Do Robot Actors Have Rights? Addressing the Rise in Performance Robotics
Performance robotics has been in the news recently as a robot featured on America’s Got Talent filed for membership of the Screen Actors Guild. Sounds ridiculous doesn’t it? At first glance the story seems like a joke, until you consider the key questions it raises about the use of robots in entertainment: At what point does a robot on stage stop being a mere puppet and start being an actor? Who is responsible for the actions of a robotic actor if no puppeteer is present? What implications does this debate raise about hiring collaborative robots in industry? In this post, we examine how the rise in performance robotics could mark a change in how we contract and ensure the safety of robots for hire.
If you have seen the news recently, you’ll know there has been a lot of media focus on one ABB IRB 2400 robot used on the TV show America’s Got Talent. If you haven’t seen the performance by “video mapping and dance company” Freelusion, I would recommend watching it as it’s pretty spectacular. It features a couple dancing inside of a 3D video projection, with the IRB 2400 joining in the dance.
The performance has attracted so much media attention because the robot, it is said, has applied for membership in the Screen Actors Guild (SAG), the union for screen actors in the USA.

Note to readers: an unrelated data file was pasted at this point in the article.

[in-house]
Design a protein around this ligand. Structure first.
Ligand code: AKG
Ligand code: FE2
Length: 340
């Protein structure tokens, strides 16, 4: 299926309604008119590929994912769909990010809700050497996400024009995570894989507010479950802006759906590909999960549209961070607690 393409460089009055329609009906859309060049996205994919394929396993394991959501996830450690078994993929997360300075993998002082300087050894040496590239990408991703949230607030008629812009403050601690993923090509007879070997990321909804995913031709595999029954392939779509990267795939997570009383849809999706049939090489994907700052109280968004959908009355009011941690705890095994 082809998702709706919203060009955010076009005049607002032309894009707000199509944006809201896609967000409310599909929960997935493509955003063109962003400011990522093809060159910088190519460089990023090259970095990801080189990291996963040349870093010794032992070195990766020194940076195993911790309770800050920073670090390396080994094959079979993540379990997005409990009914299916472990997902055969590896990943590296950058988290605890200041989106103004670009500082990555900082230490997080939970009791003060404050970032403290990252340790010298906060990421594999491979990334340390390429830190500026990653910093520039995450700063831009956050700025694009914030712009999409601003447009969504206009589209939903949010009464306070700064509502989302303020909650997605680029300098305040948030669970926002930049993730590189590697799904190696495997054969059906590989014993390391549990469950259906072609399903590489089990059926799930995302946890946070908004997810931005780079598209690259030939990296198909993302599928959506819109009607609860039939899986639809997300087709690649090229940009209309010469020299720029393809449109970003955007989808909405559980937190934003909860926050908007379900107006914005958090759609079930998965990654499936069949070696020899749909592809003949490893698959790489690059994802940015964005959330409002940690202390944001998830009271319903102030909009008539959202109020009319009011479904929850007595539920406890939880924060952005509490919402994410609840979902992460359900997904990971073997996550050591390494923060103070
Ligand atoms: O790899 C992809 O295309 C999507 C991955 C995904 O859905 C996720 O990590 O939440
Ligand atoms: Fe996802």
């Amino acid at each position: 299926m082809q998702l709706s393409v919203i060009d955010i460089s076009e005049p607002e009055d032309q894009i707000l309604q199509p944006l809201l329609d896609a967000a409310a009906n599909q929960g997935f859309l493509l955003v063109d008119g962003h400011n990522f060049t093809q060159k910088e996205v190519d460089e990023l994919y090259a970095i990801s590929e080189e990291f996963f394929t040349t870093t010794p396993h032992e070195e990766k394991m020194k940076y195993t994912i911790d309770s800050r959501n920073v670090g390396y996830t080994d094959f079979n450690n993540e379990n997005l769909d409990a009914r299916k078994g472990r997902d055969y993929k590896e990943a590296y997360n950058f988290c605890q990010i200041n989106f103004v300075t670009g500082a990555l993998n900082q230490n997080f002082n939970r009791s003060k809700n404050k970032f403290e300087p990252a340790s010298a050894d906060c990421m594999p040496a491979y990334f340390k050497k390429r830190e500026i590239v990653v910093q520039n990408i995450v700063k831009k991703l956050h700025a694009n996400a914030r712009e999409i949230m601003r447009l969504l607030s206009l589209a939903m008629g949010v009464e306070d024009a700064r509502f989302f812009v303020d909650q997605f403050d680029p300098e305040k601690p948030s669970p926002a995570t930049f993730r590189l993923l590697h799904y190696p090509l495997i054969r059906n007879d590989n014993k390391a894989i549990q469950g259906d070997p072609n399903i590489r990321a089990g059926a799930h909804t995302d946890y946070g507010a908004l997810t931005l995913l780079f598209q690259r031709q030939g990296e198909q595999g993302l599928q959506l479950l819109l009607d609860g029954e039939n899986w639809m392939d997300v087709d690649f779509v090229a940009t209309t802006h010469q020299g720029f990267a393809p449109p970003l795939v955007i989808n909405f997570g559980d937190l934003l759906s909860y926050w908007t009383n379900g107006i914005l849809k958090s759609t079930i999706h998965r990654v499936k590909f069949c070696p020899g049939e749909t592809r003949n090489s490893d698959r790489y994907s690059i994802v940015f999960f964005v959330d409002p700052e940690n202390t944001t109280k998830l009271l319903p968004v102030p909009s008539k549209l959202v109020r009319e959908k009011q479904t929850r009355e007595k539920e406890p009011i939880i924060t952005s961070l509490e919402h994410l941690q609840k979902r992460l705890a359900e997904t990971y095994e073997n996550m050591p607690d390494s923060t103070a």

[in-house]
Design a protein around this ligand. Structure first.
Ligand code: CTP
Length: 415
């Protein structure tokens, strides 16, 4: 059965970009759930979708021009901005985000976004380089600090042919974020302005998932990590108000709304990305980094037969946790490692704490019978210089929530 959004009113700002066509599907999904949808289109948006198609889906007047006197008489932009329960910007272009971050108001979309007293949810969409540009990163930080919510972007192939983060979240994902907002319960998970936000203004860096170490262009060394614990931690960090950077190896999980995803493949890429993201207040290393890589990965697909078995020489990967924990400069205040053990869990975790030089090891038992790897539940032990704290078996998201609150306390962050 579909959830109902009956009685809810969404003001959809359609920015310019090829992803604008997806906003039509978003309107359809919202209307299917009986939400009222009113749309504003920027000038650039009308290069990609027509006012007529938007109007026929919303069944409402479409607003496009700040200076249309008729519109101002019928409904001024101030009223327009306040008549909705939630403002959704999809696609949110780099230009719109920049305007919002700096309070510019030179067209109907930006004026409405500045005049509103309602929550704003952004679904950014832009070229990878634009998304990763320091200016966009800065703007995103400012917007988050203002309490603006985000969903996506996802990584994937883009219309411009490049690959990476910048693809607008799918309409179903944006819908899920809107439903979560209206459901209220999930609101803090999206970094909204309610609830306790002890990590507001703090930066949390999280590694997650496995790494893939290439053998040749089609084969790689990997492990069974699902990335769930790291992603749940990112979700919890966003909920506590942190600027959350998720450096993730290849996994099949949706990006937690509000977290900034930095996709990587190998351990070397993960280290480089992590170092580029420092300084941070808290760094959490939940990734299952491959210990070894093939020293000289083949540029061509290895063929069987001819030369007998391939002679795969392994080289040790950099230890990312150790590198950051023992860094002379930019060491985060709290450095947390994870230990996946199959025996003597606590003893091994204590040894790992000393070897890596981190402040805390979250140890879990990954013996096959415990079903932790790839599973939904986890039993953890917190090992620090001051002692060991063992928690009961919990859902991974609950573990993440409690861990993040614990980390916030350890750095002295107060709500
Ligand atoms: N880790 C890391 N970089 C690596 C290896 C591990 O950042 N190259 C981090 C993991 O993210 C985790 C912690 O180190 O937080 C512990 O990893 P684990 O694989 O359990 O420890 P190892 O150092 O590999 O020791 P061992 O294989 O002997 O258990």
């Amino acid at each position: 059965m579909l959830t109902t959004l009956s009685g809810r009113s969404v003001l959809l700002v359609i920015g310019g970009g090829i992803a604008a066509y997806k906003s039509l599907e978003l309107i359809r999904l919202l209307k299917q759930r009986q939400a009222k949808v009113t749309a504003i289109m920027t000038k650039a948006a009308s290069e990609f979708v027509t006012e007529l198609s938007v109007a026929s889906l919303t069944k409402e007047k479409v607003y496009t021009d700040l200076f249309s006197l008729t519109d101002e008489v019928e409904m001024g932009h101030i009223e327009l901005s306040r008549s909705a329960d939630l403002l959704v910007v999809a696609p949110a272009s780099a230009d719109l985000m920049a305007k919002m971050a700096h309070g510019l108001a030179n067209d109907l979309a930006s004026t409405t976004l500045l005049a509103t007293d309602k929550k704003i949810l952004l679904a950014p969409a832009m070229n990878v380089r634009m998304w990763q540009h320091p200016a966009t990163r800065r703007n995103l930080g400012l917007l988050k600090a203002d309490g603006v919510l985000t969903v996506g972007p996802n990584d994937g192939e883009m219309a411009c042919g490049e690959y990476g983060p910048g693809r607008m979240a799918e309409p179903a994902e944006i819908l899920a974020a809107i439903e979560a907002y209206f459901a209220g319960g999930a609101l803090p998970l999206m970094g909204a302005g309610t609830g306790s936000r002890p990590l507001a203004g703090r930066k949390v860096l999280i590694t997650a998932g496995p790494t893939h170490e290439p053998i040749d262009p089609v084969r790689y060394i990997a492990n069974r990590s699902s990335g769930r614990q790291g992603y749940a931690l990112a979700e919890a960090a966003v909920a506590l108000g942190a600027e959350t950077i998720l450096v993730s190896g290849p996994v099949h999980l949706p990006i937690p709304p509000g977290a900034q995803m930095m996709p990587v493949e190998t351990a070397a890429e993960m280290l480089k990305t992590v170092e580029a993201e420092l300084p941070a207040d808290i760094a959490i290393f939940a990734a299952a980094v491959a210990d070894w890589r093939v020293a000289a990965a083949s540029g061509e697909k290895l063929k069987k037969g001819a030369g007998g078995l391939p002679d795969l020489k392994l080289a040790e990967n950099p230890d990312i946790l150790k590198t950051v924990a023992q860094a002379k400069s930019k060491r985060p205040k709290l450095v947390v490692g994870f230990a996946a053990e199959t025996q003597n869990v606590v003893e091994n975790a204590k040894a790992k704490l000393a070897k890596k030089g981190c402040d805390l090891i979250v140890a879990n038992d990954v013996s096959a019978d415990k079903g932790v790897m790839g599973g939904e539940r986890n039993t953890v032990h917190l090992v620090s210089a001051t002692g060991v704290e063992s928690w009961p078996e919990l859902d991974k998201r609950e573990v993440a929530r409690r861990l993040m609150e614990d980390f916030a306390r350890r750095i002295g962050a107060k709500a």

My first reaction to the story, as yours may be too, was that this was a ridiculous publicity stunt. However, after a closer look at the implications, I realized that union membership of a robot might not be as absurd as it sounds. Robotics in theater is no longer a thing of the future, it’s happening now.
Could a robot actor have union rights? And, if so, could robot workers also join a union? Does SAG already have any robotic members? (Spoiler Alert: yes it does)
A Long History of Robots in Hollywood
SAG (now SAG-AFTRA) is an actor’s union. Amongst other benefits, it provides its members with contract arbitration, access to casting directors, minimum rates of pay and legal services.
It turns out that SAG has a long history with robotics in movies. The majority of this has been through membership from animatronics puppeteers. Stan Winston Studios, the special effects group who created all the dinosaurs for Jurassic Park, ensured that its puppeteers were members of SAG. This makes sense because puppeteers are performers just like any other, even though it’s not their face that appears on-screen. The dinosaurs were basically robotic puppets.